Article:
Giving up today's customer to retail wheeling could help cut losses tomorrow.
Estimates of stranded investment for U.S. investor-owned electric utilities (IOUs) range from as little as $20 billion to as much as $500 billion (em more than double the shareholder equity in U.S. utilities. These potential losses can be traced to above-market book values for some utility-owned power plants and long-term power-purchase contracts, as well as deferred income taxes, regulatory assets, and public policy programs.
A utility can react to the potential loss of retail customers in two ways.1 It can let the customer go, and then resell some or all of the lost load on the wholesale market. Or it can offer its at-risk customers the lower, competitive wholesale price and thereby retain the sale. These two options, keep the sale (KEEP) or relinquish it (FORFEIT), often yield very different estimates of stranded investment. (In principle, regulators could cap utility recovery at the smaller of these two amounts.)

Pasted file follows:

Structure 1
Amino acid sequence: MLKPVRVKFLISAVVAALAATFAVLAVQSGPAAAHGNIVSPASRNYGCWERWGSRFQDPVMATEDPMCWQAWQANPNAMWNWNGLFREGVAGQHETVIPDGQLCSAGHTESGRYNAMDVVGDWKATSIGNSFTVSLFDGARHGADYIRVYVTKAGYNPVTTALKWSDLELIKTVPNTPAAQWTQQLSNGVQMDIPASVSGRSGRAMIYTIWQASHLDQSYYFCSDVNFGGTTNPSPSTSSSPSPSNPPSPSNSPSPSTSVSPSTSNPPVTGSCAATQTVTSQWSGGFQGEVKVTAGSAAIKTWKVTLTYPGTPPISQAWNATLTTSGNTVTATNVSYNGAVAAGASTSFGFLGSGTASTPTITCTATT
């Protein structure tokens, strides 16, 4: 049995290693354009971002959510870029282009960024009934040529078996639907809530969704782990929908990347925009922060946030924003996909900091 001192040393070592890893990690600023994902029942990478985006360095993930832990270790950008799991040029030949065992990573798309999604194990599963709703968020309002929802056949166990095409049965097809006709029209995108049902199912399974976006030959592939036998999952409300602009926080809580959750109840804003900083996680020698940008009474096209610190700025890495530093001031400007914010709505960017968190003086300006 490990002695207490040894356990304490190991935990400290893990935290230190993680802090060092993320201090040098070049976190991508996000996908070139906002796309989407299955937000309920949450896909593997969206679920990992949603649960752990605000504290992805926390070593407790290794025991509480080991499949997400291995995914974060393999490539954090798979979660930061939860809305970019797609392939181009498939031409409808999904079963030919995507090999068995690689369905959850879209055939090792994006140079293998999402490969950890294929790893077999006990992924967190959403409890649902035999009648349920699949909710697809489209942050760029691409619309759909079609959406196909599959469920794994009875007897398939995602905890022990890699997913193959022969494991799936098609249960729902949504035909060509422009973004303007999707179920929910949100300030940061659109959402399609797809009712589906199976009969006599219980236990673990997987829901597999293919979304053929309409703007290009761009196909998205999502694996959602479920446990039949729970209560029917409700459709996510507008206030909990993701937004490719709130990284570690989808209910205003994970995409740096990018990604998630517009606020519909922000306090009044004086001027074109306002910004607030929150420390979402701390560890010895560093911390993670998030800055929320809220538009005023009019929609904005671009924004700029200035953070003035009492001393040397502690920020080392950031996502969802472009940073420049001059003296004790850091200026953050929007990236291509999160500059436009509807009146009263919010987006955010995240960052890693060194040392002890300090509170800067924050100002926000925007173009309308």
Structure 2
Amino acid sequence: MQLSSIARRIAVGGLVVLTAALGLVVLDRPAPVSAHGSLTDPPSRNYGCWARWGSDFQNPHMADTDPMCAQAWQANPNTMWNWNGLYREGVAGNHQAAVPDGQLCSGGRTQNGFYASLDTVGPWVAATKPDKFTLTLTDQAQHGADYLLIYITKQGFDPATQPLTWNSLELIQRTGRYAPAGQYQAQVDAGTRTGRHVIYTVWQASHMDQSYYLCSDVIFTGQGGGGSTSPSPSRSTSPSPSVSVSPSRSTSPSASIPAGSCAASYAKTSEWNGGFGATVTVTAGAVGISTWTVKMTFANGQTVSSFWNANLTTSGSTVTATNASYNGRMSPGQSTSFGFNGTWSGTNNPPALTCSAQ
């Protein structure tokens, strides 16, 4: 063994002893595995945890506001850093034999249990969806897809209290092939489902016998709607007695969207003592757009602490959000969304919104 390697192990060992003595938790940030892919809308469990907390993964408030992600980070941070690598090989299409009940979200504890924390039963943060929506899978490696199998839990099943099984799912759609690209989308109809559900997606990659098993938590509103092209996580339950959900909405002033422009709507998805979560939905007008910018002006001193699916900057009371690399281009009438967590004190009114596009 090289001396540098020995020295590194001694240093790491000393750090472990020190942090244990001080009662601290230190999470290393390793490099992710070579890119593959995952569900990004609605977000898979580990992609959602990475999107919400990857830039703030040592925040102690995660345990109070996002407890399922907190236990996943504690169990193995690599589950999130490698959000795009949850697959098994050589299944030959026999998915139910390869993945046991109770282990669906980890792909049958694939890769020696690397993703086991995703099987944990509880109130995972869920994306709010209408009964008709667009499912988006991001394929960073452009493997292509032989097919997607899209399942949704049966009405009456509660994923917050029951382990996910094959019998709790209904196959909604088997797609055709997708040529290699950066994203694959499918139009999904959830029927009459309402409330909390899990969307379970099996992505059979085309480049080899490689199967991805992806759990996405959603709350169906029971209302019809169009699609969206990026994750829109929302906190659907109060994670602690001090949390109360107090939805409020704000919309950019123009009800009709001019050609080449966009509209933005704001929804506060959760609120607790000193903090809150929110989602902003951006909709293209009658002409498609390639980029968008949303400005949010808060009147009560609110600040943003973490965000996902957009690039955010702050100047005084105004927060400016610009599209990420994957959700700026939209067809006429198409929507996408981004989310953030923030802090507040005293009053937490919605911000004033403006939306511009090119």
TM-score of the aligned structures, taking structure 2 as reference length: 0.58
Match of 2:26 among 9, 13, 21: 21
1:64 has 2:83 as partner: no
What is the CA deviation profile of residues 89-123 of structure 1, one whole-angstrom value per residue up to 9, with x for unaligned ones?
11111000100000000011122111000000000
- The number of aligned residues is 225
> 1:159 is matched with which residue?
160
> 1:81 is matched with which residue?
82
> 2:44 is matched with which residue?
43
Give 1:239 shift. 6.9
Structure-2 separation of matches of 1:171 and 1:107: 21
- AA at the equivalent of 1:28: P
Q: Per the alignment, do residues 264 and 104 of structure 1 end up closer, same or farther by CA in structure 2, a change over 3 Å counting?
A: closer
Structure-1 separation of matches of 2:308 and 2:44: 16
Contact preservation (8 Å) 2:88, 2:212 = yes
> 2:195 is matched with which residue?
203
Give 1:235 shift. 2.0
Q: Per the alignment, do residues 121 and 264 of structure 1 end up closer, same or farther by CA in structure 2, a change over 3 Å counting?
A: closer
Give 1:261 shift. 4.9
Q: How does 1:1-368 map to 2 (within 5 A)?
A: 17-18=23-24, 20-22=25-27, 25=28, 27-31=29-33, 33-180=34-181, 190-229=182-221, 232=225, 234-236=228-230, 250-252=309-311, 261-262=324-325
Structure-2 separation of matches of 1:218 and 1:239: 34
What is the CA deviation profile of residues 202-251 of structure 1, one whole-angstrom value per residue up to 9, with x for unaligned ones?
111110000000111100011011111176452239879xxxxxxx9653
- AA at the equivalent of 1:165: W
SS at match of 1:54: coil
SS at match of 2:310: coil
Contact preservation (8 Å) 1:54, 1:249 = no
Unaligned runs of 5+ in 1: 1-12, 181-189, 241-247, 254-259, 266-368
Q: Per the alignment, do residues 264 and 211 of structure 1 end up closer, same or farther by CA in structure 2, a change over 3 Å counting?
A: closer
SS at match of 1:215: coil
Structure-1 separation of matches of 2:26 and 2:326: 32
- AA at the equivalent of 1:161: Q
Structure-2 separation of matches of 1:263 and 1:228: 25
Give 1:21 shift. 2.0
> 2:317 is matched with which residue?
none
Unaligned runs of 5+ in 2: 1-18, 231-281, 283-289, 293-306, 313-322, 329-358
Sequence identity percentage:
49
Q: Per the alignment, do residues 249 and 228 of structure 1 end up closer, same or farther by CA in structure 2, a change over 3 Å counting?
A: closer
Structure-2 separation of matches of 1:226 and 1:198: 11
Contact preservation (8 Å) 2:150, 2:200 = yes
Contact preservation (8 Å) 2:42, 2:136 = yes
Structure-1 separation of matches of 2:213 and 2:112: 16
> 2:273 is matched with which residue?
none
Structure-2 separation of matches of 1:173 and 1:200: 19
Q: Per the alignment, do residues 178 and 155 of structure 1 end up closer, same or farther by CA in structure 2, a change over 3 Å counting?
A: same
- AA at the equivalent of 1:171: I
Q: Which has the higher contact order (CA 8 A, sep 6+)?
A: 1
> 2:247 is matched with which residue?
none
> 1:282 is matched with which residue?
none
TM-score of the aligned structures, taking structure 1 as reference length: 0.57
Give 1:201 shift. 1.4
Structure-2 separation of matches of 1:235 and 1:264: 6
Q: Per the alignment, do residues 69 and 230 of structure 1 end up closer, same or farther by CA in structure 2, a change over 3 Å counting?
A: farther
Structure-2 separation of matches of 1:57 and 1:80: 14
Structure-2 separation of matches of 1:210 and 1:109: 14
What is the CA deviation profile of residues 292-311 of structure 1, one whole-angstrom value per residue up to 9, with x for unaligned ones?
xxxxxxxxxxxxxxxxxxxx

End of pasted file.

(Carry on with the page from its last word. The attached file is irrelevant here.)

Estimates of stranded investment for the two options depend strongly on interactions between the utility's generating assets (both utility-owned units and long-term power-purchase contracts) and the wholesale power market, but in different ways. Several key factors in the wholesale market will affect the level of stranded investment: wholesale prices, utility marginal production costs, transmission capacity, the percentage of retail load at risk, and the difference between wholesale purchase and sale prices.
Under the KEEP option, a utility loses revenue in two ways:
s Lost Margin. For those customers that wheel, the utility loses the margin between its embedded cost of generation and the market price of power.